In today’s world the opportunities to communicate and network are mind boggling. Social networks are continuing to grow in size. The number of popular social networks is also continuing to grow. Standing alone, these conditions make it very difficult for your organization to focus your community (prospects, clients, fans, etc.) into any one area on these networks. Creating your own community or even just a blog is not going to cut it on its own. It takes creating a culture of community to effectively unite your community together into one place to help you reach the goals of your organization much faster than any dollar on marketing that you will ever spend.
So what does it mean to create a culture of community for your organization in the digital age?
(i.e. events, meetings, phone calls, etc.) by fully supplementing physical interaction with digital interaction and vis versa.
to use a common digital community experience outside the live interaction.
to engage, share and connect outside of any regular interaction.
that your community interacts with on a day-to-day basis (i.e. email, LinkedIn, Facebook, Twitter, etc.).
A great example of this is one of our clients, Pine Street Presbyterian Church. They have built a culture of community in several ways:
At the end of a sermon or group meeting there is a follow up question or discussion posted on their Social HubSite (http://pinestreet.socialhubsite.com) so their members can share their voice.
Pine Street has seminars for all of their members on a regular basis to show them new tools, give usage ideas and even just remind them of key features such as private messaging with other members.
They have put the purpose of their community right in the center of their online community and consistently publish discussions and content that are relevant to their mission. For example, there is a new question of the week posted in their online community that pertains to the recent sermon. It is sent out via email at 3pm the same day of the sermon and their members can share their thoughts and ideas on the topic. This is also a great example of Principle 1: Closing the loop for all interactions.
Inside of their community notifications are set to deliver messages and posts via email, member social networking accounts, social networking pages, text message and much more. In this sense, their online community truly serves as a hub to all of the members. They don’t have to worry about remembering to go there. It is integrated with the way they communicate on a daily basis.
In order for you to effectively unite your community, build trust among those around you and get people in your community to take action all of these principles must be working together simultaneously. Remember, people will never remember your organization by what you do and how you do it, but by how you made them feel. It is very core of branding and defining who you are as an organization. The sense of community you create is the foundation to everything you do.
If you are interested in building a community for your organization, please reach out to me directly and we can get the ball rolling. Click here to send an email or call my office at 717-657-7018.
Building a community around your company, mission and vision is much more important you think. It is a real representation of your brand. It is the fuel to achieving your vision. It empowers those that support your vision with a sense of belonging around the purpose you give to your community. A great example of this happened just recently with one of our clients, Harrisburg Biz Leaders (http://bizleaders.socialhubsite.com). Because of this community being developed there are now bi-weekly events formed outside of the online community getting local business leaders together in the same room to discuss important topics in today’s business environment. Because of this natural extension from the online community to the live event, I was able to provide one of the event participants direction on finding a job and now it has opened several new doors and conversations in just the past day. Now the person I met at the event is closing in on getting hired. This type of connection is life changing for her.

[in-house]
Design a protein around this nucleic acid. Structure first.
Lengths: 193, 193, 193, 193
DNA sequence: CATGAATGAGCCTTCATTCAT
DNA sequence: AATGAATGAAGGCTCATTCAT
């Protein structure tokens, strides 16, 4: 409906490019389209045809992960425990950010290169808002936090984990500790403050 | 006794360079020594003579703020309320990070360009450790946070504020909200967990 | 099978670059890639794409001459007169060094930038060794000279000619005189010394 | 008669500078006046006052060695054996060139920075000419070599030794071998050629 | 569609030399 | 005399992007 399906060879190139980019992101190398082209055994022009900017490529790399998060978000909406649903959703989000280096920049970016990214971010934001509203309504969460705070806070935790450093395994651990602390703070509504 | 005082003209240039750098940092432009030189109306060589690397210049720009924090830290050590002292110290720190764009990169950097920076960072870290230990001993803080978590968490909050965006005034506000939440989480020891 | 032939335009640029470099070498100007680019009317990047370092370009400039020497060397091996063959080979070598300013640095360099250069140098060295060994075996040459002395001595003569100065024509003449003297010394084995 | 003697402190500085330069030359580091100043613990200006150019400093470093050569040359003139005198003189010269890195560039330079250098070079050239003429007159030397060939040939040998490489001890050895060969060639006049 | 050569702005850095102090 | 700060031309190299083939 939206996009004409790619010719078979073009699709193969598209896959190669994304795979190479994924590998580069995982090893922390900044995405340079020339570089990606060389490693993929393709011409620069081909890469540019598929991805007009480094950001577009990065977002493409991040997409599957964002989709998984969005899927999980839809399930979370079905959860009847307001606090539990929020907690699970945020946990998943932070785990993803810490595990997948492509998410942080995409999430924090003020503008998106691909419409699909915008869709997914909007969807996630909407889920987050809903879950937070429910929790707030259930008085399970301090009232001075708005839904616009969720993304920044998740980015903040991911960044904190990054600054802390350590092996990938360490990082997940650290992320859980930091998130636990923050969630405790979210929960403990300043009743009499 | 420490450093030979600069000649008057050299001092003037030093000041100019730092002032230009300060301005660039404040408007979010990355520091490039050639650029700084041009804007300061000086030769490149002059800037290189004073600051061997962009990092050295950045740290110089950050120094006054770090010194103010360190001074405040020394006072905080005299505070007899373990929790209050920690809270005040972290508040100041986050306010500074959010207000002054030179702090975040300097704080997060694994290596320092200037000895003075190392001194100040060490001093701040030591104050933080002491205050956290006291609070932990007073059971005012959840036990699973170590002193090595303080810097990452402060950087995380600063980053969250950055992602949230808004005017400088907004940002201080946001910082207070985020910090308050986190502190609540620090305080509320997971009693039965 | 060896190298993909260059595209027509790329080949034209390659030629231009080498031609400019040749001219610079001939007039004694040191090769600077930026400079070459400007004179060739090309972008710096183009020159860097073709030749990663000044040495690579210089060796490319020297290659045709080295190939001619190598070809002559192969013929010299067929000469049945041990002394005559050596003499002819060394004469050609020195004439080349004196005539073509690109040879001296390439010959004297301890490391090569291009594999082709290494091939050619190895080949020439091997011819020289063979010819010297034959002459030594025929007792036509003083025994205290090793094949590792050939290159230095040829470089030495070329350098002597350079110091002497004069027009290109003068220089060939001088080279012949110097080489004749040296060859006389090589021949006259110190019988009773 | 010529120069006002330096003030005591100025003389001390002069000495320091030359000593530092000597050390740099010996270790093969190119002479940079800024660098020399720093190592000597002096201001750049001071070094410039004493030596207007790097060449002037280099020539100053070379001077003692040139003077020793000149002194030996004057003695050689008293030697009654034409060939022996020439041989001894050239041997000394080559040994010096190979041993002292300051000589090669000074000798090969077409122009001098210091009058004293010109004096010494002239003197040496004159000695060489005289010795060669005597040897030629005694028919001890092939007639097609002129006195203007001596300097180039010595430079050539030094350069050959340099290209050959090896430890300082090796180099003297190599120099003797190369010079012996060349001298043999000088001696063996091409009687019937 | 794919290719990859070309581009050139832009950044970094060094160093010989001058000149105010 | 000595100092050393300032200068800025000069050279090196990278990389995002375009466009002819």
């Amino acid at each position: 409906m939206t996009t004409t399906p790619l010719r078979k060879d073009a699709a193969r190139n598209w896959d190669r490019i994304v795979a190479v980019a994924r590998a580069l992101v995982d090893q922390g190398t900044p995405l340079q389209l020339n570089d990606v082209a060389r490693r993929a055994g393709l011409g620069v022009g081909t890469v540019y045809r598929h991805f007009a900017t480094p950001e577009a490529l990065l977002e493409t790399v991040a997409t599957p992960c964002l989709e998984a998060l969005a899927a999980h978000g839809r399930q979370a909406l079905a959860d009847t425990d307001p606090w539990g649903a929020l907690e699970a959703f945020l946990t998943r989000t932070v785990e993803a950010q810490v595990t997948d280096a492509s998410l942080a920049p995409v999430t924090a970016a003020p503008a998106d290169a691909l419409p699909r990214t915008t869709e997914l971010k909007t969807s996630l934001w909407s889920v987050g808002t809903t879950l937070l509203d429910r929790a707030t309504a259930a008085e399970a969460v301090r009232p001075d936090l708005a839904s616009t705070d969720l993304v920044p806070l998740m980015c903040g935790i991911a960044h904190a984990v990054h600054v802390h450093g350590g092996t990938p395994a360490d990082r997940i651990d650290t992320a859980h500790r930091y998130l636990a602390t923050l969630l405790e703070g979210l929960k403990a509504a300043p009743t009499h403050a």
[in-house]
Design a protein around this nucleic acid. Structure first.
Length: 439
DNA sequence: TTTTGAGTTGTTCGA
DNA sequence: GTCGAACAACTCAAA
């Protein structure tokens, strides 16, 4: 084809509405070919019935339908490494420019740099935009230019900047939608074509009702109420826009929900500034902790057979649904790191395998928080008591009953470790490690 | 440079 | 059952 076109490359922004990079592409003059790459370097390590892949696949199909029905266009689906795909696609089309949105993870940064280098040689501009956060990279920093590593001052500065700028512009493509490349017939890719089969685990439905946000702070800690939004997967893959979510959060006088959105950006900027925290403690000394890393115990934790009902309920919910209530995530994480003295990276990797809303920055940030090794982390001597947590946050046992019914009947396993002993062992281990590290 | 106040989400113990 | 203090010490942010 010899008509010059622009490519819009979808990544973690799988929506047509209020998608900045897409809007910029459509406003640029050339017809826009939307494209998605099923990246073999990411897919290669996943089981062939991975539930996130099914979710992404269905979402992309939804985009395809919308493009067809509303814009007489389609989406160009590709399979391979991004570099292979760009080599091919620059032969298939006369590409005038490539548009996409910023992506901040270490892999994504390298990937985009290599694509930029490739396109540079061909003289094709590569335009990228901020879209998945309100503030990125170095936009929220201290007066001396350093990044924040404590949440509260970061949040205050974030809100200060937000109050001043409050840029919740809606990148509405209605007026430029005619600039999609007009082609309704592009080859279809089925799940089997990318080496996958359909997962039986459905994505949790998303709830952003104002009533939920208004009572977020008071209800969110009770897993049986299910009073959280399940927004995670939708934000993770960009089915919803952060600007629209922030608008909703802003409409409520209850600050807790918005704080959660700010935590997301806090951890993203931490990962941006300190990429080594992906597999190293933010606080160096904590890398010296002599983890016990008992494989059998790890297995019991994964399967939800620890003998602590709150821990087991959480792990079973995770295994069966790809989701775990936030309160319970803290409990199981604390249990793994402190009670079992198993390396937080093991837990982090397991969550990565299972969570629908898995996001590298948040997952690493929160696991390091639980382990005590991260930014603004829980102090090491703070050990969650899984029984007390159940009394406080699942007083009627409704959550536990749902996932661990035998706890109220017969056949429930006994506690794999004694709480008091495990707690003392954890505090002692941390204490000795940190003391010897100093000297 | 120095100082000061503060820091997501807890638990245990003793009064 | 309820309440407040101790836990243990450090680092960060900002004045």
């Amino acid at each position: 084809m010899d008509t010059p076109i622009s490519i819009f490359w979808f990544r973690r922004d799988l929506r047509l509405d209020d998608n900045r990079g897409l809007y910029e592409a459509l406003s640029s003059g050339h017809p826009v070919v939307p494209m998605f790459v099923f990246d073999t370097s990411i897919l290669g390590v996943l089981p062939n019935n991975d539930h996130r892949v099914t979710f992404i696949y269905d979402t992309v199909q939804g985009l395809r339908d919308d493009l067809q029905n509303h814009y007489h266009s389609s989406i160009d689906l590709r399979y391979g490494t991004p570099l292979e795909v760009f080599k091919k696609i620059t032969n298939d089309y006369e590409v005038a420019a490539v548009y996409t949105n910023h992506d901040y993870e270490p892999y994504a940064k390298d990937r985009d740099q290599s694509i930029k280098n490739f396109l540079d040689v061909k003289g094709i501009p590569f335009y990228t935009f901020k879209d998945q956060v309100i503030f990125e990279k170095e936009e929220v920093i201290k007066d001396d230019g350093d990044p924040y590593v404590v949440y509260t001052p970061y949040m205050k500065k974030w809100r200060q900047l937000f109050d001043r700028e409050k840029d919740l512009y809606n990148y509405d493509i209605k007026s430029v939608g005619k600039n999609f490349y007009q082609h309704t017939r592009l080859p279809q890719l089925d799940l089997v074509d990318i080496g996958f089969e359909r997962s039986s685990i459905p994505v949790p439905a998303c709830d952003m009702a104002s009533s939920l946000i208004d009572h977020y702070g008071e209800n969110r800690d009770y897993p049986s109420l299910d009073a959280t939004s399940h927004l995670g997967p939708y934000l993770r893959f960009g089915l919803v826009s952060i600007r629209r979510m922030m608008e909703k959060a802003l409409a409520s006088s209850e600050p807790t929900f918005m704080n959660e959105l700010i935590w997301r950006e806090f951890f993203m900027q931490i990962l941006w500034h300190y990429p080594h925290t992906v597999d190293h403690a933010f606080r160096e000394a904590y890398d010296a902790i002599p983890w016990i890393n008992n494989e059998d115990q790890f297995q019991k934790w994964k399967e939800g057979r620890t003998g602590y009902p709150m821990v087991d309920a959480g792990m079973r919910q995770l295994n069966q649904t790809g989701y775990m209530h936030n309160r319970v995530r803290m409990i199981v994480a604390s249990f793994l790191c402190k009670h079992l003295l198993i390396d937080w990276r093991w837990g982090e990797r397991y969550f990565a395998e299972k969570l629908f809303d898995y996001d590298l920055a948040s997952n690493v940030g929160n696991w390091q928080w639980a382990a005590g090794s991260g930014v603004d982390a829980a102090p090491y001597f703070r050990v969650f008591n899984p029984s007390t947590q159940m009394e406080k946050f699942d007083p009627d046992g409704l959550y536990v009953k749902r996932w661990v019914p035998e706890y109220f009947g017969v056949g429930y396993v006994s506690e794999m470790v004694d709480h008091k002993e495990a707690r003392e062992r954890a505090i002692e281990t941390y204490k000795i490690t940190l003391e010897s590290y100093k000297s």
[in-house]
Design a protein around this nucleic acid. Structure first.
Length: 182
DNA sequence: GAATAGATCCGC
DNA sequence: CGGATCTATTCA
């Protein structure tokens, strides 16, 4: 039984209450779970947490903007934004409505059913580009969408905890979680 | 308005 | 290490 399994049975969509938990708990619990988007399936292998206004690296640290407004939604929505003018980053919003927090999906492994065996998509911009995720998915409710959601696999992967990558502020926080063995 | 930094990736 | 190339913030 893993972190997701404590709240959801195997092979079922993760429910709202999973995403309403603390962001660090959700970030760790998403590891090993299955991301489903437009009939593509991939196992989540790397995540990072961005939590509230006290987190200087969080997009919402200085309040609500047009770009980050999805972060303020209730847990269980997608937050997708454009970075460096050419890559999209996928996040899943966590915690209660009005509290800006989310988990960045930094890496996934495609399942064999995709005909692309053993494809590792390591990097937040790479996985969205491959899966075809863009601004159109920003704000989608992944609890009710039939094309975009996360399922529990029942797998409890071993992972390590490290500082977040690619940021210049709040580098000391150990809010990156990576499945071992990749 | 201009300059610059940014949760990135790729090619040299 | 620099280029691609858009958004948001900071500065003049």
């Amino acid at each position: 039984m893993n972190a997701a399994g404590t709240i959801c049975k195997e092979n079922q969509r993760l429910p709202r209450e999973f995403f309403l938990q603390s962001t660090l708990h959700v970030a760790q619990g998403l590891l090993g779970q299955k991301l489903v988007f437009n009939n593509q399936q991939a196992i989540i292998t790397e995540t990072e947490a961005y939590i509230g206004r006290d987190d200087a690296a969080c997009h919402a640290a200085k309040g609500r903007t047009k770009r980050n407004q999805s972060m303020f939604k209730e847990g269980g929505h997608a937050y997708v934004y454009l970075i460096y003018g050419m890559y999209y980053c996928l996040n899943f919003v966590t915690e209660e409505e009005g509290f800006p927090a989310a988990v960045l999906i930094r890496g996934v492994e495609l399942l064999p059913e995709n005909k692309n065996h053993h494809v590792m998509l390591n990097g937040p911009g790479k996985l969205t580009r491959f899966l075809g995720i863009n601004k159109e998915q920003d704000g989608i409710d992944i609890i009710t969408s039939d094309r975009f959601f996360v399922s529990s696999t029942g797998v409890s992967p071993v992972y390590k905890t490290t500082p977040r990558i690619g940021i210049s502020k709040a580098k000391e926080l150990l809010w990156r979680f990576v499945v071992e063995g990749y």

So think of the affects of what just happened here. Because of a purpose-driven community, in this case Harrisburg Biz Leaders, being developed it has led to life changing opportunities for someone. Everybody, every business and every organization has a community. The community you live in, your friends and family, your customers, brand advocates, etc. The secret is creating an environment that unites them together. For example, just recently we help launch a network of communities for Professional Referral Exchange (http://prebizhub.com). So far we have only officially launched one chapter (http://lowerpaxton.prebizhub.com), however because of the power of a purpose-driven community, members in other chapters have already started to join their chapters’ HubSite. The natural augmentation of a real-life community into an online community is already creating a deeper sense of unity and connection among members. Think of the added value this has created for the brand and all of its members.
These are just a few examples of what can happen when you unite your community together. You might be asking, “What is the benefit of a community to my company or organization?”. I’ll answer that by saying it is the most important things you can ever establish in anything you do, TRUST. With trust you build influence. Influence leads people to take action (i.e. buying a product or service, donating, offering support, etc.).
In short, your community needs to start with a plan and a set of goals. This is where we can help. If you are interested in building a community for your organization, please reach out to me directly and we can get the ball rolling. Click here to send an email or call my office at 717-657-7018.